Okay, okay, I hear you.  I am placing all sorts of human feelings and motives onto a dog.  Well, since she has responded with more feeling and exhibited more honest, raw motives than many bipedal beings I have encountered, we shall claim poetic license and craft things how we please.

It is, after all, our blog.  Our journey.  Every bit as much hers as it is mine.  So, yes, this is a fitting time to pause.  Paws.  Four happy paws and a sassy wag of the tail…  After a while, Crocodile!

At this point, my hope is to find a productive focus despite my own dwindling energy (sadness has an insidious way of sapping time and energy from the day, peace and rest from the night).  I would love to concentrate more on ebook stories.  It is such a cool way to create and communicate.  I will keep you posted on any (if any) future publications here, should you wish to continue following the blog.  If you stop following, though, I will certainly understand.  Life is so full of options.  Clutter.  Noise.  Options.  Sometimes it takes real effort to sort through and find the peace.

Meanwhile, Dawny and I shall quietly retreat to a more private space.  We will continue to roll down our beautiful together-path as long as Time allows.  What happens after that is anyone’s guess.

We wish all of you simplicity, honesty, and peace in your lives and loves.  Beauty and laughter lining your roads.  Thank you for sharing ours these past three years.

Toodle-oo, Mr. Magoo! —

Carol and Dawny Virgil Prewash Sassy Generous Evans (a.k.a. Midnight Unicorn…  a.k.a. Best Road Doggy in the World…  a.k.a. Best Doggy in the World)

Assuming a Position

Everybody knows the definition of “assume,” but it is so relevant to today’s post that it bears repeating.  Assume is where you make an “ass” out of “u” and “me.”  Hahaha.  I always loved that one.

As to its relevance to this little blog space, well let me tell you!  Dawny and I were recently enjoying a morning walk around the campground loop.  She had just finished watering a particularly interesting spot, when I heard a persistent pounding on the window of a nearby RV.  The window glass was darkened so I couldn’t see anything, but I didn’t look too hard, either.  As Dawny and I resumed our walk, I wondered if perhaps someone had been taken hostage and they were trying to get our attention!

Well, that’s just silly.  One must be careful about assumptions, both the wild ones and those more easily tamed.

It didn’t take long for it to occur to me that the pounding had started after Dawny had pee’d.  The pounding probably was not from a hostage, after all, but from a camper who thought Dawny had poo’d and I didn’t pick it up.  The problem is, being a girl dog, she assumes the same position for No. 1 and No. 2.

It wouldn’t be the first time someone assumed my dog and I were a dastardly duo.  At a campground in Ohio last month a man and a woman strode boldly out from their campsite and approached us yelling, “Hello, Ma’am?”

Oh, how nice, I thought to myself.  My neighbors are going out of their way to talk to me!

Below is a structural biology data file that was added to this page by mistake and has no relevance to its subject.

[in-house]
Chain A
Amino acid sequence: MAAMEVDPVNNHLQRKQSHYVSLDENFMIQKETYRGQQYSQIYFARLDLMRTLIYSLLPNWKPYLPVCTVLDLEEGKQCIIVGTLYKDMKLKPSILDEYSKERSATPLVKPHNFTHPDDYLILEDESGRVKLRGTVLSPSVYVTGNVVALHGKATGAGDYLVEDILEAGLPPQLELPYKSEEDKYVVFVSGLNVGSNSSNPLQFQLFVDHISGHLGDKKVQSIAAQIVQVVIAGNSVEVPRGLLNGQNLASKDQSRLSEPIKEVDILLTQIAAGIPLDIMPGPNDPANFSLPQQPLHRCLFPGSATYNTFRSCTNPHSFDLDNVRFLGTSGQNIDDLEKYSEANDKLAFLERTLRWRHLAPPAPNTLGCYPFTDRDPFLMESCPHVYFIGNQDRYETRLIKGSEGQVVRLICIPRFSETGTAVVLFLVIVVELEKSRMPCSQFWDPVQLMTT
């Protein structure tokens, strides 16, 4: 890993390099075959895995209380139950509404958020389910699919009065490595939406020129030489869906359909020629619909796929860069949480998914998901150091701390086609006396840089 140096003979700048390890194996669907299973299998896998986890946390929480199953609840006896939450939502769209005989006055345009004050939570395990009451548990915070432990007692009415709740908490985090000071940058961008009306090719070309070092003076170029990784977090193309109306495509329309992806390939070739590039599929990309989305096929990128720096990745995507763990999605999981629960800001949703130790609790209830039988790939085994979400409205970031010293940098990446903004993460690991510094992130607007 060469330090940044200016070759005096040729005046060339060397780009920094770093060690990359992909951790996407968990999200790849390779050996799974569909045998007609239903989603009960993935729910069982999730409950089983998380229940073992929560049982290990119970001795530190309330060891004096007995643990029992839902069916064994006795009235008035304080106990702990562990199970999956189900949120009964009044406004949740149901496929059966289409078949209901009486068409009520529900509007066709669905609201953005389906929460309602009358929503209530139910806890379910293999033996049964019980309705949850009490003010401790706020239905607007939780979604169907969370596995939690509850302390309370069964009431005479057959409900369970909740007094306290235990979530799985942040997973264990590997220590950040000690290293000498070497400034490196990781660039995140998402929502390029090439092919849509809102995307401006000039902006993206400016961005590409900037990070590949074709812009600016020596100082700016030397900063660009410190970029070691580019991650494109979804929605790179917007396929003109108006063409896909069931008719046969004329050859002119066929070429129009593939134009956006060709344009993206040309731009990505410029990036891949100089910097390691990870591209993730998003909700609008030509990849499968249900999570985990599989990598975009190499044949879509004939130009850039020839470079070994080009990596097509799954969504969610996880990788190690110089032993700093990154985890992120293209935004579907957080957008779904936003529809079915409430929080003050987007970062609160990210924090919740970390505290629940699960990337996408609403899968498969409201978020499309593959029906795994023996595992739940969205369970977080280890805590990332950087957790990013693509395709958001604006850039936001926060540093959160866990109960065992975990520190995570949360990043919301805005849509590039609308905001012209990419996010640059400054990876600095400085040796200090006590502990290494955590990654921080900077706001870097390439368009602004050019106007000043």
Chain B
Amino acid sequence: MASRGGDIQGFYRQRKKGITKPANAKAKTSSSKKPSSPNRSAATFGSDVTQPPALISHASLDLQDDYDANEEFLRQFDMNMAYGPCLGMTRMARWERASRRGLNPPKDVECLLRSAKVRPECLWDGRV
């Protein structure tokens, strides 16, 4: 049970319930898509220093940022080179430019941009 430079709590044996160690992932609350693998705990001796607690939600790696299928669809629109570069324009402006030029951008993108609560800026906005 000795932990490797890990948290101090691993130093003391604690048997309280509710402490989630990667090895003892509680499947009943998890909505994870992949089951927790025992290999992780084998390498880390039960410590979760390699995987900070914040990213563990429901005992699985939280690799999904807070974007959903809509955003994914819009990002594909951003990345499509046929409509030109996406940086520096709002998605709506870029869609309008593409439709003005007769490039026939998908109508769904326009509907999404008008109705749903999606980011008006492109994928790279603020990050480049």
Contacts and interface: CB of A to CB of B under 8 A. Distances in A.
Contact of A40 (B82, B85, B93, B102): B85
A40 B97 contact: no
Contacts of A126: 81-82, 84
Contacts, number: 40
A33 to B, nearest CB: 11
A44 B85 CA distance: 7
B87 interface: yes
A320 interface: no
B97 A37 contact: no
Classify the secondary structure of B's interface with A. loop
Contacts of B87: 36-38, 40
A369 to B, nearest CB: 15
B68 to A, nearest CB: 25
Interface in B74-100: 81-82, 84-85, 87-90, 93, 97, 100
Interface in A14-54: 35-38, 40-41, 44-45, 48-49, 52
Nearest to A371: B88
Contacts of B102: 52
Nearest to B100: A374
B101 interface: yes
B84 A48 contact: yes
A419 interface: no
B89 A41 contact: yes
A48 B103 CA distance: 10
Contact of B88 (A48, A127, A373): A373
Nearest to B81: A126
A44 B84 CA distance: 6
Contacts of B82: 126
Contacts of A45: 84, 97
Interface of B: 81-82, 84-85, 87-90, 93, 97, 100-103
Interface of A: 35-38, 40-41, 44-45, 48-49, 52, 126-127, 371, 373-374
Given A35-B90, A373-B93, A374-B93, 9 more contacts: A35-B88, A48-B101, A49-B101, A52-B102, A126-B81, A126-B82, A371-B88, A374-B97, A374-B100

They continued, “Are you going to pick up that excrement!?!?”

Oh, my!  I responded that there was nothing to pick up and that, as a girl dog, Dawny squats for both functions.  They kept coming at us, yelling at me to pick up that excrement, jabbing their index fingers at me and my dog.  I pointed to my fanny pack full of plastic bags for picking up poop and told them, as nicely as possible, that I always pick it up.  They finally backed down and returned to their campsite muttering loudly about how they saw Dawny do it earlier, too.  What can I say?  She’s a heavy drinker.

When I was workamping in a campground in Texas, a fellow volunteer came running over with a baggie for me to pick up after my dog.  When I told him she had pee’d, he launched into a long, detailed, increasingly uncomfortable description of how a dog holds its tail differently depending on what sort of business they are doing.  Not only was he calling me a liar, he had obviously been paying way too much attention to Dawny’s tail end.  I couldn’t believe what I was hearing.  Finally, I just turned around and walked away while he continued to lecture me.  That pretty much colored our working relationship afterwards, and not in a good way.

For my part, I have to try to be nice when defending myself and my doggy, and that is not easy.  Gracious defense does not come naturally to me (Dawny and I are a lot alike that way).  But it does help if I remind myself that most people don’t become poopy dogmatists out of nowhere.  I see loads of dog poop in campgrounds and other public areas that people have not picked up.  It is extremely annoying when people do not clean up after their pets.

Such a simple, considerate act.  There seems to be a terrible shortage of that nowadays which, I suppose, exacerbates the tendency of many of us to assume the worst.  The problem is, when we jump to the wrong conclusion–especially an ugly one–we often leap over a lost opportunity, such as a friendly chat, a simple smile, a lighter step.

Now, excuse me while Dawny and I get ready for this morning’s walk.  I want to make sure that the hostage is okay.  On second thought, maybe the knocking had nothing to do with me at all.  It could well have been the sound of little elves making shoes and then using the heels to pound picture hooks into the wall.  Or, better yet, someone was having an amorous morning.  Yes, that must be it.  How lovely is that!